[bitcoin-dev] Proposal: Bitcoin Secure Multisig Setup
dp at simplexum.com
Fri Feb 12 17:42:31 UTC 2021
If HUMAN_READABLE_TITLE is the additional secret, the user would need
to enter it on the device in addition to the nonce, wouldn't it defeat
the advantage in UX that was gained by using (relatively) short nonce ?
Is 64 bit nonce not enough ?
It seems that to crack this with fixed Pwd and 64 bit nonce, the
attacker will need to be about 10^15 more powerful than 80Mhz MCU:
(2^64)/(0.3*10^15)/3600 = 17 hours. I don't know if 10^15 is realistic
scale. Average desktop cpu seems to be about 10^3 more powerful than
the mentioned MCU for this task.
Maybe for the UX it would be better to choose the number of rounds to
use in PBKDF2, instead of using variable Pwd. Number of rounds will be
easier to enter on the device (or just choose it from a set of
pre-defined values). The more money is at stake, the higher number of
rounds could the coordinator choose (taking into account the
characteristics of the participant devices)
В Fri, 12 Feb 2021 08:55:55 -0800
Hugo Nguyen <hugo at nunchuk.io> wrote:
> Thanks everyone who has provided inputs so far!
> This is the new proposal for the encryption aspect of the scheme,
> based on all the feedback.
> The key derivation function would be PBKDF2, with PRF = SHA512. This
> should be readily available on today's hardware already, as they are
> used for BIP39.
> DK = PBKDF2(PRF, Password, Salt, c, dkLen)
> PRF = SHA512
> Pwd = HUMAN_READABLE_TITLE
> Salt = NONCE
> c = 2048
> dkLen = 256
> HUMAN_READABLE_TITLE is in ASCII format, minimum length = 8, maximum
> length = 20.
> NONCE is a 64-bit number.
> Reason for going with SHA512 is due to legacy support on some
> hardware. c=2048 also mimics BIP39. It takes about ~3 seconds to
> derive the encryption key on a 80Mhz MCU. We feel like this is a good
> enough tradeoff for this use case. The assumption here is that the
> secure session is only needed temporarily for a few hours, maybe up
> to one day.
> The Coordinator and Signers agree and exchange these 2 secrets prior
> to the setup. The NONCE can be converted to either:
> (a) a 6-word phrase using BIP39 wordlist
> (b) a 20-digit decimal number
> (c) a QR code
> Depending on the vendor. This flexibility in the data format allows
> each vendor to customize the UX based on their respective device
> On Thu, Feb 11, 2021 at 8:25 AM Dmitry Petukhov via bitcoin-dev <
> bitcoin-dev at lists.linuxfoundation.org> wrote:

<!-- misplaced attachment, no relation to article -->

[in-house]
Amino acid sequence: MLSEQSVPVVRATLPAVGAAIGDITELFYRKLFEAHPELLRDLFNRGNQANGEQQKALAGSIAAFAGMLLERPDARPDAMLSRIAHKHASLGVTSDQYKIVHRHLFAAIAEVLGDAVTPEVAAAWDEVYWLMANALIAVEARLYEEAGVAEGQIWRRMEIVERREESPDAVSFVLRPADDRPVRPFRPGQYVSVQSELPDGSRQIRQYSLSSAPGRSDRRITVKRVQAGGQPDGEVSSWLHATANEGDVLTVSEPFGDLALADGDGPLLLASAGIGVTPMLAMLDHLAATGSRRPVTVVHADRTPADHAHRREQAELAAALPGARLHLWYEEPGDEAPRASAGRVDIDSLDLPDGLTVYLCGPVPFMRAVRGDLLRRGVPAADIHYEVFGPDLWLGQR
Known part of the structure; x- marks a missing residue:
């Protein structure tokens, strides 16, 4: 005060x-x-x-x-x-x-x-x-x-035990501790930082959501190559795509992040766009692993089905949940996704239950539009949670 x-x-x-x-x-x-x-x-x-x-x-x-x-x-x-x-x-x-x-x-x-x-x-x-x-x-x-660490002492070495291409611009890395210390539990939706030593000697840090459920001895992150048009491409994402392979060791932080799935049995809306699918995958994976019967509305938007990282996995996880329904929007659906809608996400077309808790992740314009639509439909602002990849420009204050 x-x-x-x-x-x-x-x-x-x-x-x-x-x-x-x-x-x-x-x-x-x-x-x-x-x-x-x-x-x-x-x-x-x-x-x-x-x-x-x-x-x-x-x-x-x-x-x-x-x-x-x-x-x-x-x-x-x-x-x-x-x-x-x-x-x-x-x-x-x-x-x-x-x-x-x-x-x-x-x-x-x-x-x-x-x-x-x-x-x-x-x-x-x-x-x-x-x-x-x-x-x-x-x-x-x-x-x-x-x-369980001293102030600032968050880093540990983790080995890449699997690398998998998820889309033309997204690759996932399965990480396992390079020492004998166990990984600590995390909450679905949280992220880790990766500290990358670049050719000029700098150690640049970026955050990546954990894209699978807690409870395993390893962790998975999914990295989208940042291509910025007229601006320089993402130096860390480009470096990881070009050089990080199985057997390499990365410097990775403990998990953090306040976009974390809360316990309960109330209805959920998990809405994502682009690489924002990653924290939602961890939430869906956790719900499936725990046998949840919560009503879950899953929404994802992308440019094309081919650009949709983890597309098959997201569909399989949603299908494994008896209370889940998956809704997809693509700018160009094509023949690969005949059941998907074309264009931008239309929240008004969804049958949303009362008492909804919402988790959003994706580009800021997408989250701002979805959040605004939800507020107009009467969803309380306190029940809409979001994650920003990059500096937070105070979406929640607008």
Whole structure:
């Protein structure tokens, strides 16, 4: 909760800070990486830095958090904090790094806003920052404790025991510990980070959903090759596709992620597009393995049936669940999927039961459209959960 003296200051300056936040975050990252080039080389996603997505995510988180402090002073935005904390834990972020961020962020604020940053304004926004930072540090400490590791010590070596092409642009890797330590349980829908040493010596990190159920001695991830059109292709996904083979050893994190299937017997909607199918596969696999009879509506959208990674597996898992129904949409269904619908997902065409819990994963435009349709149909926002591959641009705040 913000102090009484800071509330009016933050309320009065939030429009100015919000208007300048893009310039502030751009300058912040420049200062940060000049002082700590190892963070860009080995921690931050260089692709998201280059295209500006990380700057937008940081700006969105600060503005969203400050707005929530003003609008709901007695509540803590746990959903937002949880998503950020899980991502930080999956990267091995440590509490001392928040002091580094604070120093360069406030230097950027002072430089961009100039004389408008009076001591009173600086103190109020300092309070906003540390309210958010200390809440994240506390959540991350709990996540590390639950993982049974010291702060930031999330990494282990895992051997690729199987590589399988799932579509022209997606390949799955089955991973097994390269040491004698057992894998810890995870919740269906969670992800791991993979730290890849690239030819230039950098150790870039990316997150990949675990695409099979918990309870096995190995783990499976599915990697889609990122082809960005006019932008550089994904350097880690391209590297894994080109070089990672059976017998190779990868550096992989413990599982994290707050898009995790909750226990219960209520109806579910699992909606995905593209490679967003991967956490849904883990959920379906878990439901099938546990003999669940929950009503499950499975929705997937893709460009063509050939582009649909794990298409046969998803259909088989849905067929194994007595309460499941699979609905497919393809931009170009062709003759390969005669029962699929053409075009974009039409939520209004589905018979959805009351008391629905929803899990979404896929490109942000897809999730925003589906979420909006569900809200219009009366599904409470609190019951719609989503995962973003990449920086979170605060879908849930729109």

> > В Thu, 11 Feb 2021 05:45:33 -0800
> > Hugo Nguyen via bitcoin-dev <bitcoin-dev at lists.linuxfoundation.org>
> > wrote:
> > > > > ENCRYPTION_KEY = SHA256(SHA256(TOKEN))
> > > >
> > > > This scheme might be vulnerable to rainbow table attack.
> > > >
> > >
> > > Thank you for pointing this out! Incidentally, Dmitry Petukhov
> > > also told me the same privately.
> > My thought was that if TOKEN has the characteristics of a password
> > (short ASCII string), then it would be better to use key derivation
> > function designed for passwords, like PBKDF2.
> > The counter-argument to this is that this adds another code
> > dependency for vendors, if the device firmware does not already
> > have the required key derivation function.
> > Maybe this could be solved by going into opposite direction - make
> > the "token" even longer, use the mnemoic.
> > The issue is that entering long data of the shared key into the
> > device manually is difficult UX-wise.
> > Hww vendors that allow to enter custom keys into their device
> > already have to face this issue, and those who allow to enter
> > custom keys via mnemonic probably tackled this somehow.
> > Maybe the shared key for multisig setup can be entered in the same
> > way ? (with maybe additional visual check via some fingerprint).
> > Although we would then have another issue of potential confusion
> > between two procedures (entering the main key and entering the
> > shared key for multisig setup), and the measures has to be taken to
> > prevent such confusion.
> > The approaches can be combined - specify a key derivation function
> > suitable for passwords; via secure channel, share a password and/or
> > the derived key. If hww supports derivation function, it can derive
> > the key from password. If hww supports only keys, the key can be
> > entered raw or via mnemonic.
> > _______________________________________________
> > bitcoin-dev mailing list
> > bitcoin-dev at lists.linuxfoundation.org
> > https://lists.linuxfoundation.org/mailman/listinfo/bitcoin-dev
More information about the bitcoin-dev